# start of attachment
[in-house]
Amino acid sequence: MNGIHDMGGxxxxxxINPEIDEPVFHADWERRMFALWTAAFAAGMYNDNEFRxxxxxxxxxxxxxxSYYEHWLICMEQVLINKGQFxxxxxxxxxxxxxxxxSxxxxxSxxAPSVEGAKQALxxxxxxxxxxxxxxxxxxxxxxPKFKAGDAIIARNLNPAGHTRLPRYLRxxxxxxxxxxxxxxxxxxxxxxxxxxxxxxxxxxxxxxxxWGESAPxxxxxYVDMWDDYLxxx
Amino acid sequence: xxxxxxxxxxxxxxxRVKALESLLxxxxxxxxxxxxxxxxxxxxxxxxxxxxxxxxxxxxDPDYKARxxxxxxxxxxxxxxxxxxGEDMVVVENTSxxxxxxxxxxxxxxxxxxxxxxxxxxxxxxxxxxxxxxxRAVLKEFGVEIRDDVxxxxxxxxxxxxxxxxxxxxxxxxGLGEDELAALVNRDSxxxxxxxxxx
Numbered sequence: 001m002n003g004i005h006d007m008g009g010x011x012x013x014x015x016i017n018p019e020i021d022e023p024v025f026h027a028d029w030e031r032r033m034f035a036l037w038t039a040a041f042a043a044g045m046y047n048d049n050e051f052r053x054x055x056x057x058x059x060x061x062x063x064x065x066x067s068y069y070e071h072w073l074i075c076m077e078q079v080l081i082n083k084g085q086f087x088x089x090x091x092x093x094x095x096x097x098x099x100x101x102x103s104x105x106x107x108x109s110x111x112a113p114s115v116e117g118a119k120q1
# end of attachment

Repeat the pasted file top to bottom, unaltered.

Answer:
[in-house]
Amino acid sequence: MNGIHDMGGxxxxxxINPEIDEPVFHADWERRMFALWTAAFAAGMYNDNEFRxxxxxxxxxxxxxxSYYEHWLICMEQVLINKGQFxxxxxxxxxxxxxxxxSxxxxxSxxAPSVEGAKQALxxxxxxxxxxxxxxxxxxxxxxPKFKAGDAIIARNLNPAGHTRLPRYLRxxxxxxxxxxxxxxxxxxxxxxxxxxxxxxxxxxxxxxxxWGESAPxxxxxYVDMWDDYLxxx
Amino acid sequence: xxxxxxxxxxxxxxxRVKALESLLxxxxxxxxxxxxxxxxxxxxxxxxxxxxxxxxxxxxDPDYKARxxxxxxxxxxxxxxxxxxGEDMVVVENTSxxxxxxxxxxxxxxxxxxxxxxxxxxxxxxxxxxxxxxxRAVLKEFGVEIRDDVxxxxxxxxxxxxxxxxxxxxxxxxGLGEDELAALVNRDSxxxxxxxxxx
Numbered sequence: 001m002n003g004i005h006d007m008g009g010x011x012x013x014x015x016i017n018p019e020i021d022e023p024v025f026h027a028d029w030e031r032r033m034f035a036l037w038t039a040a041f042a043a044g045m046y047n048d049n050e051f052r053x054x055x056x057x058x059x060x061x062x063x064x065x066x067s068y069y070e071h072w073l074i075c076m077e078q079v080l081i082n083k084g085q086f087x088x089x090x091x092x093x094x095x096x097x098x099x100x101x102x103s104x105x106x107x108x109s110x111x112a113p114s115v116e117g118a119k120q1